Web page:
rogermerriman | 9 years ago

My commute is back roads and Bushy Park stressful it's not.

hampstead_bandit | 9 years ago

I can only compare my own, recent experiences of 2 very different commutes

My previous commute when I worked at Sigma Sport in Hampton Wick took from my home in NW1 (Camden) through the back streets of West London, out across Hammersmith bridge, through Roehampton into Richmond Park and through Kingston

The distance every day was a problem (taking 50-55 minutes), but the actual commute was quite pleasant, especially once across Hammersmith bridge (this was my half way point). The traffic was rarely a problem as I had use of protected bus lanes and back streets. I had no incidents in 7 months of commuting.

My current commute takes me from my home in NW1 (Camden) through Kings Cross, up over Angel, down through Shoreditch, along Commercial Road and into the Docklands.

Its a shorter commute (30-35 minutes) but in much heavier traffic.

I've tried different combinations of routes and different directions, but they take much too long, and you are stuck in heavy local traffic on crowded streets.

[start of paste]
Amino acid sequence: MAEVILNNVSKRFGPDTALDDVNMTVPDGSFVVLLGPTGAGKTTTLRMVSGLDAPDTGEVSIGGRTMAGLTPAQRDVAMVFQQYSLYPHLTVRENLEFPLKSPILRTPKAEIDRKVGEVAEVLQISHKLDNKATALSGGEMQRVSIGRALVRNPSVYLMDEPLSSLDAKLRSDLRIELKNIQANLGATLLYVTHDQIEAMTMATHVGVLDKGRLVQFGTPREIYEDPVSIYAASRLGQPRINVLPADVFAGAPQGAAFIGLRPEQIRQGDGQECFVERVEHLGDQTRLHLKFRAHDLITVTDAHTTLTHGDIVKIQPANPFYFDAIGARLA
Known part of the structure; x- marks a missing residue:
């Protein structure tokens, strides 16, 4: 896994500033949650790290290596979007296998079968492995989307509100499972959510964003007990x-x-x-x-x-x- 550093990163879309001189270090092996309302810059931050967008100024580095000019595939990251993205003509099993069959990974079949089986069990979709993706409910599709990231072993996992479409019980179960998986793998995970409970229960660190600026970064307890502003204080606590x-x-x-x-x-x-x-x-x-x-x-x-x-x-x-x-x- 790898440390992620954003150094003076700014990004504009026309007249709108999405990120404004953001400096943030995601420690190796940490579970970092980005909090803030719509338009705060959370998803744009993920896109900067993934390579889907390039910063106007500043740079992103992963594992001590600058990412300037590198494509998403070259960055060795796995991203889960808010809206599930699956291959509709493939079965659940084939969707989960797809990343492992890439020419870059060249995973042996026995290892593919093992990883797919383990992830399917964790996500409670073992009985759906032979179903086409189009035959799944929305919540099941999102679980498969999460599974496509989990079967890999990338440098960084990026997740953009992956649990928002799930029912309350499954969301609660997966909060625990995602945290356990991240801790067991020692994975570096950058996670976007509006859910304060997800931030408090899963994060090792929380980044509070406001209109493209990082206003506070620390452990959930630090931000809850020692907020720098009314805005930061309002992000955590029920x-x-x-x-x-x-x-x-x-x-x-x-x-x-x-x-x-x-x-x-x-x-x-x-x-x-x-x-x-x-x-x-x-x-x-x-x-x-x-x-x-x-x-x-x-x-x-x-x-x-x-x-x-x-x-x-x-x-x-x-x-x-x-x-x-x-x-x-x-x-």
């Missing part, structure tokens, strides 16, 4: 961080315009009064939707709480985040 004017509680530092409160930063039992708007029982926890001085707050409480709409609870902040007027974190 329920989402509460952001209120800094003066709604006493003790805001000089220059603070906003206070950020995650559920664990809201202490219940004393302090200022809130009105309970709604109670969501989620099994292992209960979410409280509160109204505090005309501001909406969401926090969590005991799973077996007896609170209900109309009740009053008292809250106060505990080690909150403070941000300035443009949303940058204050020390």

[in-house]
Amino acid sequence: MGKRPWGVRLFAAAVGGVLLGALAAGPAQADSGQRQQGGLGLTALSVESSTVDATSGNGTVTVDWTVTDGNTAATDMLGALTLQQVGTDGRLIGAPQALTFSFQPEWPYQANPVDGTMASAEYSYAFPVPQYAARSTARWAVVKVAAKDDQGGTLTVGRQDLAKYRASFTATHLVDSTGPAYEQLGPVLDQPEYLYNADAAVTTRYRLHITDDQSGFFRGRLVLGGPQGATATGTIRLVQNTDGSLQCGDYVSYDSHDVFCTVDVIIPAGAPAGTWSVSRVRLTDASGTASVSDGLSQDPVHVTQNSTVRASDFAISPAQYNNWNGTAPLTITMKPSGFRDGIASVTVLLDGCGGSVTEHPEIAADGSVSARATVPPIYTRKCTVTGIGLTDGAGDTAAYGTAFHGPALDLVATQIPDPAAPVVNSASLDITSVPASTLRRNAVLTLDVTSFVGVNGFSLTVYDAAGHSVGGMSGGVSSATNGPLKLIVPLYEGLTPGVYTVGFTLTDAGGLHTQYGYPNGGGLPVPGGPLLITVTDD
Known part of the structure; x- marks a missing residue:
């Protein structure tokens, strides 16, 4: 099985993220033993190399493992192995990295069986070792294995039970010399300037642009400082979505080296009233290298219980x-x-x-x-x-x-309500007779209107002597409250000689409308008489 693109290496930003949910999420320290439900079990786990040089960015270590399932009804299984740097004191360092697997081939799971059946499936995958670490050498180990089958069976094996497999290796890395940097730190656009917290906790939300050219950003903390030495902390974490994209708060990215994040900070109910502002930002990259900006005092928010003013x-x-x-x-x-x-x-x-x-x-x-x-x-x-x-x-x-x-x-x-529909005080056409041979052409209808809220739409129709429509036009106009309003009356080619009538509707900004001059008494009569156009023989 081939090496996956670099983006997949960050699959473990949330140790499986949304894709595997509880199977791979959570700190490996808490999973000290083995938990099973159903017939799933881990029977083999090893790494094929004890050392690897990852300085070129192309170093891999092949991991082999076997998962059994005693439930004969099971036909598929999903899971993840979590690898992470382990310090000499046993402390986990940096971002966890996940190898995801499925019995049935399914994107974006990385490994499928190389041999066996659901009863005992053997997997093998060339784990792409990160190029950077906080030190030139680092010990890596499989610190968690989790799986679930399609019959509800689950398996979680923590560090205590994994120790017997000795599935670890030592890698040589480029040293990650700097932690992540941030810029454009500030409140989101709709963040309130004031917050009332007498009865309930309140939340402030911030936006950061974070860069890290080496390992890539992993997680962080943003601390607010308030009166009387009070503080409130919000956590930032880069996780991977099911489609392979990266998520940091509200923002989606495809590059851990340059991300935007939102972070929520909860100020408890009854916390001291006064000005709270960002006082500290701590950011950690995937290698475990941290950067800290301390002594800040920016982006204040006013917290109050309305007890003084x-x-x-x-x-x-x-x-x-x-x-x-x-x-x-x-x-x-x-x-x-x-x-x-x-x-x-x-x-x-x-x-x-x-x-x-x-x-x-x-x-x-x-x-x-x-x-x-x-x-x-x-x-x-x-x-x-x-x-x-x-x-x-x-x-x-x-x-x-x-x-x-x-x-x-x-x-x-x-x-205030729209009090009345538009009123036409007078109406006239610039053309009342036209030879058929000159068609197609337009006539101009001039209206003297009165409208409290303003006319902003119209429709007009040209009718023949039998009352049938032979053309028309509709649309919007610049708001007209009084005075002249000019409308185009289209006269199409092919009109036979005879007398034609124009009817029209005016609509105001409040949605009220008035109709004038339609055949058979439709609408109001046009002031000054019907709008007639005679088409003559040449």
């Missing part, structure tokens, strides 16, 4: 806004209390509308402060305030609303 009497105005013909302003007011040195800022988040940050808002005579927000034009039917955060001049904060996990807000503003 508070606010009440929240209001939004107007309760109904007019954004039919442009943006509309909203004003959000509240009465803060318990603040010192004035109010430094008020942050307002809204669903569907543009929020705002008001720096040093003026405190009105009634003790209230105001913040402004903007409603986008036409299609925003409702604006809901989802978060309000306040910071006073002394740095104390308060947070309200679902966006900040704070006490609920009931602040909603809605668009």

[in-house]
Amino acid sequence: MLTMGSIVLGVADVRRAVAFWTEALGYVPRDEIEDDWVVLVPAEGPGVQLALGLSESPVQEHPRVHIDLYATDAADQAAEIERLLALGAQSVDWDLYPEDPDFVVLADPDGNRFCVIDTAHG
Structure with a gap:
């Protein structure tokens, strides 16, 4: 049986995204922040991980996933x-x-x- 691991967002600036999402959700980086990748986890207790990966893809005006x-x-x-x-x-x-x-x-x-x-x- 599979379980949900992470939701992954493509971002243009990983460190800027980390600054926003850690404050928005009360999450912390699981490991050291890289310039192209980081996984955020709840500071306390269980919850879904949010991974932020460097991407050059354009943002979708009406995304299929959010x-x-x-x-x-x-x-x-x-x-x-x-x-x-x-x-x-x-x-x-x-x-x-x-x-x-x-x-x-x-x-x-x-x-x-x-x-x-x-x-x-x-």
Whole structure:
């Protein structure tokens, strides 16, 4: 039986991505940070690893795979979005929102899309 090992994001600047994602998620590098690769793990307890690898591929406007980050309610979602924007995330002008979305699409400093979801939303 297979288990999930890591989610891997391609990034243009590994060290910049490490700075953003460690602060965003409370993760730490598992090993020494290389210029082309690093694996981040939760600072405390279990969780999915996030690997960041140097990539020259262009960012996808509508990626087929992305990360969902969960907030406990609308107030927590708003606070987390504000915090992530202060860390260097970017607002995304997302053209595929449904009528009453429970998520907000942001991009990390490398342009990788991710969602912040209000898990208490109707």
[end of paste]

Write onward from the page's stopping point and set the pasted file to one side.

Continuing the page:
I'd say I am more concerned about my safety on this current commute. I would not say anxiety, as I have been riding bikes for 30+ years and commuting in London for 15+ of those years.

Since starting this commute in June 2014, I have seen a number of road traffic collisions, ridden into areas where road traffic collisions have occured (broken glass / blood / emergency services) had more near misses with cars jumping lights / doing dodgy things, and last week crashed hard at Kings Cross after a pedestrian walked into the road.

My conclusion is that a longer commute coming into a City, can perhaps be safer and less stressful, than a shorter commute where you have to punch through the centre of a City.

bikebot | 9 years ago

I love a bit of data.

It's worth taking a few minutes to look at the report itself. Only then can you appreciate how completely pointless it is. No demographic separation, it doesn't even distinguish between journeys in inner and outer London. It's a fine example of a completely useless data point, I may use it as an example of such in the future.

alsothings replied to bikebot | 9 years ago

@bikebot: Completely agree. Reading the report made me long for some demographic bins. I'd love to know, e.g. what happens to the anxiety score when you account for household income (to take an obvious example) or 'satisfaction' and age.